I loved Guacamelee!. I thought it was a great brawling beat-em-up game, a great metroidvania platformer, a hilarious Internet-humour romp, and on top of all that, a goddamn great co-op game. So when I heard it was receiving some DLC, entitled Guacamelee! Diablo’s Domain, I couldn’t wait to get my hands on it. I called my co-op partner immediately. In this case, my girlfriend.
So on Friday, I booted the game up, and used it’s in-game menu to go to the Playstation Store. I looked at the DLC.
It costs £2.
I was expecting at least a fiver. At least. Possibly more. I was expecting a whole new campaign, a big ole chunk of gameworld (or a new one, a new map) to explore, maybe with a move or two thrown in. But no. The player receives one new level- one bit of the world map added on.
I hate saying this, and usually I don’t subscribe to the “DLC-is-evil” trite, but in this case… Man, it really does feel like something which was just cut from the game. Granted, it only costs £2, so I wasn’t exactly expecting much. For that money it is a pretty good deal. Yet, it seems like something which could easily have been in the game originally, a level which was simply sliced off prematurely and polished up before being released with a promise of great new things.
And it does have a couple of pretty decent strings to it’s bow.
The one level it includes is a petty clever journey into Hell, where Diablo can’t access his office because his elevators are all shut down. The only way to activate them is to run through all of Satan’s torture chambers- something which El Diablo himself is not keen on doing. So Juan, and lady sidekick if you fancy, run off into the depths of Devil’s Advocates, the bureaucratic law firm running Hell.
Ahead are sixteen levels, split generally between platforming and combat ones. Platforming levels are fairly taxing, the player being tasked with completing obstacle courses by only using the platformer-friendly Special Attack moves, or to use the Goat Run and Goat Fly moves to get about. The other are combat rooms, where the player has to either reach high combo numbers or clear rooms in time limits, usually with a constraint (like “no special moves,” or “no throws.”) Some of them are really frustrating- some are really easy.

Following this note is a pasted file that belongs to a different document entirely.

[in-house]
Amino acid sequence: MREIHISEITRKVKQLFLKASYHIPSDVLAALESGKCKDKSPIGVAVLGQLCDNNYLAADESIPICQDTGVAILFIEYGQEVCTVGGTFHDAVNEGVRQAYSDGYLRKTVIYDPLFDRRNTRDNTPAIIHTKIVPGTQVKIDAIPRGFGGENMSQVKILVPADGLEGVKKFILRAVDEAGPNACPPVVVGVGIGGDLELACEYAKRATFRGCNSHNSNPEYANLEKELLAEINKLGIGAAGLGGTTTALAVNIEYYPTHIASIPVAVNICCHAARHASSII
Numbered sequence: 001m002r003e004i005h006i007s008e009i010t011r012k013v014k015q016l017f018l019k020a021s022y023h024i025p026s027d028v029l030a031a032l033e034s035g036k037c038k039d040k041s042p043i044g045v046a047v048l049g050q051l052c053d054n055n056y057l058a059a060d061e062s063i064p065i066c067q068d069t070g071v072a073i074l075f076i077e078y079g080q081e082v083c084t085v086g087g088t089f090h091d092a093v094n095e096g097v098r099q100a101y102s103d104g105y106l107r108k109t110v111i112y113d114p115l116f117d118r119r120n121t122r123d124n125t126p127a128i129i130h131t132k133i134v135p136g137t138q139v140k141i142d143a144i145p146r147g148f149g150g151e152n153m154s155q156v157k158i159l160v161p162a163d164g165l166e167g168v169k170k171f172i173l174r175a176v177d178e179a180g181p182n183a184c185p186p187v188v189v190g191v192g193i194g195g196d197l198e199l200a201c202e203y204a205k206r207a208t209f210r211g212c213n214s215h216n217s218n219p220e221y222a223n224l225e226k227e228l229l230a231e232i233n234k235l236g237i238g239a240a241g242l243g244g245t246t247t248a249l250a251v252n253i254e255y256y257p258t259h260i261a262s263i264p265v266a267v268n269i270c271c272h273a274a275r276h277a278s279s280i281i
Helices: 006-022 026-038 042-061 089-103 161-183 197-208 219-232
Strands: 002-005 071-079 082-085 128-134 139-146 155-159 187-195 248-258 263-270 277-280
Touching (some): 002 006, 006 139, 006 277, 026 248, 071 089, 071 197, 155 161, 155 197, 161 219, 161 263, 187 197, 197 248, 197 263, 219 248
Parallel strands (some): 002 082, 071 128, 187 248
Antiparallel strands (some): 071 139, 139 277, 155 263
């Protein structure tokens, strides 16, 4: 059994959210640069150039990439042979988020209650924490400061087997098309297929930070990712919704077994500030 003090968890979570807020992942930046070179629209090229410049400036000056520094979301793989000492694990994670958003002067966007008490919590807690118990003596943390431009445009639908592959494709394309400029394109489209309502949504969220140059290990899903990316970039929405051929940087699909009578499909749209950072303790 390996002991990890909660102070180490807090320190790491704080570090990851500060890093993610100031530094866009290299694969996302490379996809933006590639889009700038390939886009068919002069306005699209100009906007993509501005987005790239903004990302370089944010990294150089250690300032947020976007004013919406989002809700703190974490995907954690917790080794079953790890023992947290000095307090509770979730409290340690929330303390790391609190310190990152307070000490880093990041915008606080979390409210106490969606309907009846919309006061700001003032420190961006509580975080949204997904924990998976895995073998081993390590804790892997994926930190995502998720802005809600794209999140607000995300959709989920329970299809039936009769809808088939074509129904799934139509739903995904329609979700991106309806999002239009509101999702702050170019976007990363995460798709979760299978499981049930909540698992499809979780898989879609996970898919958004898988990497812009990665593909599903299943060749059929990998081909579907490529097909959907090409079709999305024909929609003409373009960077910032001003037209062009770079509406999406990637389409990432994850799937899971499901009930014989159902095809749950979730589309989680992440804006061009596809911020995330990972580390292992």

This is one of the more awkward aspects of the DLC: the ordering of the levels. Challenge 10 or 11, a platforming one, is actually significantly harder than challenge 14 or 15, which I did in one go. The rooms don’t really follow any rhyme or reason for difficulty ordering, which can lead to a really false sense of level-design security.
There are a couple of other weird design issues.
For one, the level’s very small indeed. It’s actually shorter than some of the main campaign levels, or at least it feels it. It’s easy to rip through all of the challenges in a short sitting, especially with a friend. Indeed, on singleplayer, the levels are much tougher.
I also encountered a couple of serious technical issues: on one challenge, halfway up a necessary wall is a random invisible door which leads you back to the corridor. Halfway through the very difficult challenge I repeatedly quit it by accident. Worse were a couple of challenges where the game kept crashing, or world elements kept vanishing, rendering them uncompletable. In the former’s case, I had to hard-reboot my PS3 three or four times.
The gameplay issues in the DLC are minor, frustrating snags. Frankly, a bigger problem is that… There’s basically no payoff for doing these challenges. They’re fun, and you get PS Trophies for doing them. And you get three new costumes for it- but this means that you get three new costumes with which to play a completed game. You’ve already done it, you’ve seen all the challenges to come. Why does it give you a new costume? It looks great, but it’s completely useless.
I’m worried that I’ve missed something. I’m worried that there’s something more to the DLC, that you do some final challenge and a big boss comes, or something happens with Diablo.
Nope. This is it, within the main campaign’s story. You do the challenges, and in return get a nice little bit of dialogue, and three costumes which you have nothing to do anything with.
I’m not complaining too much. The challenges are really fun. The dialogue is great, especially talking to the skeletal clerical workers who populate Diablo’s offices. But this is basically all stuff which should have been in the game to begin with. And worse, it’s tiny with very little payoff. Regardless, for £2, we can’t really complain too much about Guacamelee! Diablo’s Domain.